Caribbean / Mexico

Cayman is a Grand Experience

George Town Harbour, Grand Cayman
Photo credit: Cayman Islands Department of Tourism

On May 10, 1503 Christopher Columbus sailed along his fourth and final voyage to the New World when a wind blew his ship off course.  Intending to sail to Hispaniola (present day Haiti and the Dominican Republic), he was blown westward toward “two very small and low islands, full of tortoises. He called these islands “Las Tortugas” after the thousands of turtles on shore.

The two islands sighted were Cayman Brac and Little Cayman. By 1530, the islands were called the “Caimanas”, derived from the Carib Indian word for the marine crocodile that formerly inhabited the islands. “Caimanas” evolved to become the Cayman Islands, and we’ve been calling it that ever since.

The Cayman Islands remained largely uninhabited until the 17th century. The first known settlers arrived in Little Cayman and Cayman Brac around 1658; it is likely these were deserters from Oliver Cromwell’s army in the British colony in Jamaica. Many of the early inhabitants were also Brits from Jamaica. As well, some other early residents were believed to be pirates that settled looking for a more peaceful life.

Cosmopolitan Grand Cayman is the largest of the three islands. Whether you are looking for relaxation, exquisite dining, exciting nightlife or the awesome underwater sights of easily accessible reefs, there really is “something for everyone” here.

Grand Cayman is approximately 76 square miles. It is on Grand Cayman that you will find some of the most popular Caribbean activities, attractions and festivals, including the Pirates Week and the colourful and exciting Batabano. Other popular attractions include the Cayman Islands National Museum, Rum Point, Pedro St. James, Bodden Town (which was the first capital of the Cayman Islands) the Cayman Turtle Farm, and the National’s Trusts Mastic Trail, a 2 mile footpath through unspoiled woodlands.

Seven Mile Beach, Grand Caymans
Photo credit: Cayman Islands Department of Tourism

On the west side of Grand Cayman you will find the famous Seven Mile Beach, the crescent-shaped natural wonder that has made Grand Cayman famous. With sand stretching as far as the eye can see, Grand Cayman’s Seven Mile Beach is often rated as one of the most beautiful beaches in the Caribbean.

But you must also take an excursion to the North Sound and visit Stingray City and the Sandbar where you and your group will have the rare opportunity to play with friendly Southern Stingrays.

When you’re looking to get off the beach, get lost in the luxury of George Town, the capital city of the Caymans, where colourful traditional Caribbean-style buildings meet high finance corporations.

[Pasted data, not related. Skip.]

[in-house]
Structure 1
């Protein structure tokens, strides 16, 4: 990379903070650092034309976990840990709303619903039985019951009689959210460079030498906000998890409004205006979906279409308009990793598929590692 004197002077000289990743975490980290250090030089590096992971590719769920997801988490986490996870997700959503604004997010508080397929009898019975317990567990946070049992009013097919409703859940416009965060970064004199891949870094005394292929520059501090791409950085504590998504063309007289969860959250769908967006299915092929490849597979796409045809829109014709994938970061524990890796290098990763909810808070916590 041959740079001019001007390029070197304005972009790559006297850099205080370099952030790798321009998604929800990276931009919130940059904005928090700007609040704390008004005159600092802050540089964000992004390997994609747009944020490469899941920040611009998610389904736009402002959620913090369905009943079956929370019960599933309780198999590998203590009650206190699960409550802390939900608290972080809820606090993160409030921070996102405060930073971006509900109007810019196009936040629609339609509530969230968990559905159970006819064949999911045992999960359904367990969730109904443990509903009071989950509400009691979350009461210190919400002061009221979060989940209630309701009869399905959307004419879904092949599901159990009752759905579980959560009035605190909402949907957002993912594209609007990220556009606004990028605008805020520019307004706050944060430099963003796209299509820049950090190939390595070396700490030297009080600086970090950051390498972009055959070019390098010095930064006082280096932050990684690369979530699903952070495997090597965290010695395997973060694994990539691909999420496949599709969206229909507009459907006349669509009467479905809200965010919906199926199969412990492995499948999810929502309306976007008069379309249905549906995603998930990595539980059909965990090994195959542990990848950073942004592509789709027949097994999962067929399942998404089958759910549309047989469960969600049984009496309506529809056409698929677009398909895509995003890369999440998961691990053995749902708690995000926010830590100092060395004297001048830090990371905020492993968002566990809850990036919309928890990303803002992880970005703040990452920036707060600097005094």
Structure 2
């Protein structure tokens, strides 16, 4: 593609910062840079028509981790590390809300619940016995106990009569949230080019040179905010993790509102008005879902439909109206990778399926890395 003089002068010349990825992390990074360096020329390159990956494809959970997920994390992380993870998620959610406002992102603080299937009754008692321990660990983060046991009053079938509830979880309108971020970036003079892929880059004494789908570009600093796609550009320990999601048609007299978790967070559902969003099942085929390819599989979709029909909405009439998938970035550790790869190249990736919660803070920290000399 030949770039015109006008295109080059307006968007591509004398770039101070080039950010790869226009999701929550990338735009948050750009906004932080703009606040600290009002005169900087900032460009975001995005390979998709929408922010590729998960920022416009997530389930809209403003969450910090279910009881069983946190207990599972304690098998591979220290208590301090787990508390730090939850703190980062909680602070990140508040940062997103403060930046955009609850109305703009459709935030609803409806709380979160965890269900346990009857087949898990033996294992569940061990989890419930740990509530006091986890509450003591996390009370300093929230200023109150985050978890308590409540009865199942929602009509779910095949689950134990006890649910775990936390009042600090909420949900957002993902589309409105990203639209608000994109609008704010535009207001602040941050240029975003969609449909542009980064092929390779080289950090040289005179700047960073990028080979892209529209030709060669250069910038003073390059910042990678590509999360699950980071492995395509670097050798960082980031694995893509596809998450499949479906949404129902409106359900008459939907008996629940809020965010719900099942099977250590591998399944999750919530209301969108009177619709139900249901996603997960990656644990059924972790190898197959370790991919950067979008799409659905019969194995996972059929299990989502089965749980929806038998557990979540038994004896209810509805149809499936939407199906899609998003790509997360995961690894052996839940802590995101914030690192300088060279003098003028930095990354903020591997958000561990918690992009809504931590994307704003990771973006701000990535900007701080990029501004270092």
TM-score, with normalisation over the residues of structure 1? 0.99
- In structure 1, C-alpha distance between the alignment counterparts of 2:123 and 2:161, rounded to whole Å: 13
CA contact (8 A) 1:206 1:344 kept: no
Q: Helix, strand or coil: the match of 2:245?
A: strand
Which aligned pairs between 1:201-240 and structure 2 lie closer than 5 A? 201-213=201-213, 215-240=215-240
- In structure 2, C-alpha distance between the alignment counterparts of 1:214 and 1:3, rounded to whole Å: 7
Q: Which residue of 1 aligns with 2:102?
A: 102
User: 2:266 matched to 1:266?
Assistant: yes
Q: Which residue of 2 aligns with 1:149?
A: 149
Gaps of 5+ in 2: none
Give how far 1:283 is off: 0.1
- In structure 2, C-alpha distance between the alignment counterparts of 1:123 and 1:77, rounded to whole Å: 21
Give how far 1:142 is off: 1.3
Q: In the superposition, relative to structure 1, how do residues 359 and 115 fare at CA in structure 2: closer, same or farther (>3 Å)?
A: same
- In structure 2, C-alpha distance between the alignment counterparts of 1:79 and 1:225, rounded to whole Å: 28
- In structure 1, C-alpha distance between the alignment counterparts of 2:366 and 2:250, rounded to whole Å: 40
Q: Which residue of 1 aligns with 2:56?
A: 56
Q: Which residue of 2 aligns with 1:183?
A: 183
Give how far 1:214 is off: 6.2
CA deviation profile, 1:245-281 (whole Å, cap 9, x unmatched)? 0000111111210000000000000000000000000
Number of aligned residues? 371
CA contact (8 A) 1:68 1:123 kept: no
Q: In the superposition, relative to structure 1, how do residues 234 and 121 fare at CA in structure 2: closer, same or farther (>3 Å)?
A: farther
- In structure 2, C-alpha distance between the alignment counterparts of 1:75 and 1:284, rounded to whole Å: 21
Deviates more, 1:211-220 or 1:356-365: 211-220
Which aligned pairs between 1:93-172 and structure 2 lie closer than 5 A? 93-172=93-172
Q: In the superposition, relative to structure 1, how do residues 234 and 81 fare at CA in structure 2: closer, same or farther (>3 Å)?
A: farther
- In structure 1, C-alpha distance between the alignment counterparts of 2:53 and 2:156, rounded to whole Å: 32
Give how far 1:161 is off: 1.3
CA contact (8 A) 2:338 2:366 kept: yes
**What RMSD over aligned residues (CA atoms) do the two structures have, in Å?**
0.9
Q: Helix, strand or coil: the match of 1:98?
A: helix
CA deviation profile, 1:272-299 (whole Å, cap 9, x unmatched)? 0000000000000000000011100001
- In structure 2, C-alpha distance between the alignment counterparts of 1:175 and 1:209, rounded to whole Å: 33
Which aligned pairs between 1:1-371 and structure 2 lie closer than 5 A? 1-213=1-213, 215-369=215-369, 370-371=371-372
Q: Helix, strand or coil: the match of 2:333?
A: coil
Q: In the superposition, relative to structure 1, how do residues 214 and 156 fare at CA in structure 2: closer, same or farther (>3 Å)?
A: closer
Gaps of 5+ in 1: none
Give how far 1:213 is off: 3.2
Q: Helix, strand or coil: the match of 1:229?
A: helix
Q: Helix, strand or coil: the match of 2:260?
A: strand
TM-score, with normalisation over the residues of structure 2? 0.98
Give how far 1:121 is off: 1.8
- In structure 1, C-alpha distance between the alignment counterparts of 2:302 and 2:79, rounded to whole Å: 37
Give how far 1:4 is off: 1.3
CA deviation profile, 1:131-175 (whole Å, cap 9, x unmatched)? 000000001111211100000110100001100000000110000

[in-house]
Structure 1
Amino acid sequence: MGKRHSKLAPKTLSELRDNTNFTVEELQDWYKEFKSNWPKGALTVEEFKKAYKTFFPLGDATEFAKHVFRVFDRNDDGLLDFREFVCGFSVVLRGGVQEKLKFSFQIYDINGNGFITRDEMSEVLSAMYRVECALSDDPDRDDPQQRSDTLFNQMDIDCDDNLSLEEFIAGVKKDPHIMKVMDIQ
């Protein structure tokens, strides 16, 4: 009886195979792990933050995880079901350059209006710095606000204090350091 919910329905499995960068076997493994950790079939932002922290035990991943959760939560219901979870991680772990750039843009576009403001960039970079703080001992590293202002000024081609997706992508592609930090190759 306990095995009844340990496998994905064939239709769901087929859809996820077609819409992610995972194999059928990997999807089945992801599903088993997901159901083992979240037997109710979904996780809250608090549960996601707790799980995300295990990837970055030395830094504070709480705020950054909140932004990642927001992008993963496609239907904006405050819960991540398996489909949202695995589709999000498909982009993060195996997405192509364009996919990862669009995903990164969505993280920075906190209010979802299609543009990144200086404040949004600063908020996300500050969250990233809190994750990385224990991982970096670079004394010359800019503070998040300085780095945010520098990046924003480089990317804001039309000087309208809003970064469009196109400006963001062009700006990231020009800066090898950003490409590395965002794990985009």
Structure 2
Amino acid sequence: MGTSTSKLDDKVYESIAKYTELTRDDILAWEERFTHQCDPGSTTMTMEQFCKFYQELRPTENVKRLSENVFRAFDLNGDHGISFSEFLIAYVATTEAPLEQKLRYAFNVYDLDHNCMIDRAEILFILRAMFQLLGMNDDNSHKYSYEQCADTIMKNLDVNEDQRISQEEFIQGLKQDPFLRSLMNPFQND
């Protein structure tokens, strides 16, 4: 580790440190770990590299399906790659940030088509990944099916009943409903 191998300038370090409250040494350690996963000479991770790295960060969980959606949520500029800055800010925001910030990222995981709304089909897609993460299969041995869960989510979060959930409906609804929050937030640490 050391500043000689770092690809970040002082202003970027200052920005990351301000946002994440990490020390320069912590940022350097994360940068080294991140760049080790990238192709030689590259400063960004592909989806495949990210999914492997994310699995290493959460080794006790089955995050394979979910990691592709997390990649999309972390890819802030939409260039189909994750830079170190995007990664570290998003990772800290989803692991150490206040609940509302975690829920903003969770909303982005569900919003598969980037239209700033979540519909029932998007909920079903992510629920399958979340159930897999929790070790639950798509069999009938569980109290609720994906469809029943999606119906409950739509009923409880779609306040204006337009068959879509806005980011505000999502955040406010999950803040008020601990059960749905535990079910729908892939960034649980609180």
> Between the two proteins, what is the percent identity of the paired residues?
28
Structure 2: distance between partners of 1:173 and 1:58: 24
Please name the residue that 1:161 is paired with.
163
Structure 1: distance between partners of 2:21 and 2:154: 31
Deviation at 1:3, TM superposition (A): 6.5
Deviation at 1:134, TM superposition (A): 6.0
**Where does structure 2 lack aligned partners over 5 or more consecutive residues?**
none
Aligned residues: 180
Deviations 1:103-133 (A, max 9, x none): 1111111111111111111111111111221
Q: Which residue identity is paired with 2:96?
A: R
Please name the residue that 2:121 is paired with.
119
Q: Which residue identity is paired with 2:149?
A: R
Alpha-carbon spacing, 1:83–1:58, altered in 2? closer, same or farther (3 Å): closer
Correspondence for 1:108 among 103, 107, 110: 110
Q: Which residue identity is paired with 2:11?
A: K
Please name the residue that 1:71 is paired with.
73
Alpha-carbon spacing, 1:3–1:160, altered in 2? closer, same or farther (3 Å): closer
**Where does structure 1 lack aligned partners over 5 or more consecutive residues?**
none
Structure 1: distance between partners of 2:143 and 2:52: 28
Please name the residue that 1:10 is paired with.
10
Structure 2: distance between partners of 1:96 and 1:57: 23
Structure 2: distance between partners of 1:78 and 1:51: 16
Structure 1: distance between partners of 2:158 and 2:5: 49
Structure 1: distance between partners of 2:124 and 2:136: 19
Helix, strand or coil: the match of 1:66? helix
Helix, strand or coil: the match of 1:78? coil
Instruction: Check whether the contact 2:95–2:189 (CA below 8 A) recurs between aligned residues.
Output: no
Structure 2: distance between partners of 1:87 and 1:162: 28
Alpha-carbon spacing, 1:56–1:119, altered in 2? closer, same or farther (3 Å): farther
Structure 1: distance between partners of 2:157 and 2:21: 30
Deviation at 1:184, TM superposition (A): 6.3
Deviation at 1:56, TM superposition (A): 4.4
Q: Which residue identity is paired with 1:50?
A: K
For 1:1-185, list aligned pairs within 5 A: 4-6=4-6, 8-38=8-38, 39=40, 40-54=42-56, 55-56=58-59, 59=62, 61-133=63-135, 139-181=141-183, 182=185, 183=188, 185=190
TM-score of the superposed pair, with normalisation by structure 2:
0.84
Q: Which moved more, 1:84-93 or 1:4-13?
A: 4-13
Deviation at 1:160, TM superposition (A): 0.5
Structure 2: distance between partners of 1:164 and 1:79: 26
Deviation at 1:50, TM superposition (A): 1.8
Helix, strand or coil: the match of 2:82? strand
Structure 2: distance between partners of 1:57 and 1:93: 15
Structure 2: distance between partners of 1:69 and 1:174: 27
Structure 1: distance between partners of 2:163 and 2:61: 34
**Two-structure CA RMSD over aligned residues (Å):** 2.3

The Eastern districts of Grand Cayman features natural beauty and grace beyond the azure waters and white sand beaches. Tour the Queen Elizabeth II Botanical Park and learn about the rare Blue Iguanas, visit the Wwreck of the Ten Sail, and dine on freshly caught fish in a local restaurant.

Tourists also visit the Sister Islands, Little Cayman and Cayman Brac.

Known for being outgoing, Caymanians love to strike up a conversation and direct you with some local knowledge about the best spots on the island. A devout church-going people, Caymans emphasize kindness, community, and hospitality, solidifying its place as one of the top Caribbean destinations for families and adventurers alike.

Grand Cayman is also a quintessential cruise port: clean, safe, easy to get around and filled with white sand beaches. Fortunately, the island is small enough and most port visits long enough that it is possible to combine multiple activities into a single day.

One of Grand Cayman’s most unusual sightseeing opportunities is the tiny town of Hell. The town is named for its field of short, jagged limestone formations that apparently reminded its earliest settlers of descriptions of hell. Today you can send a postcard from Hell at the local post office or pick up a T-shirt from any of several gift shops. Submarine tours, scuba diving trips and botanical gardens are among your sightseeing options in Grand Cayman.

And like most Caribbean ports, Grand Cayman offers a plethora of duty-free shops. The main shopping street is Cardinal Avenue, where you can find everything from inexpensive trinkets to high-caliber jewelry.

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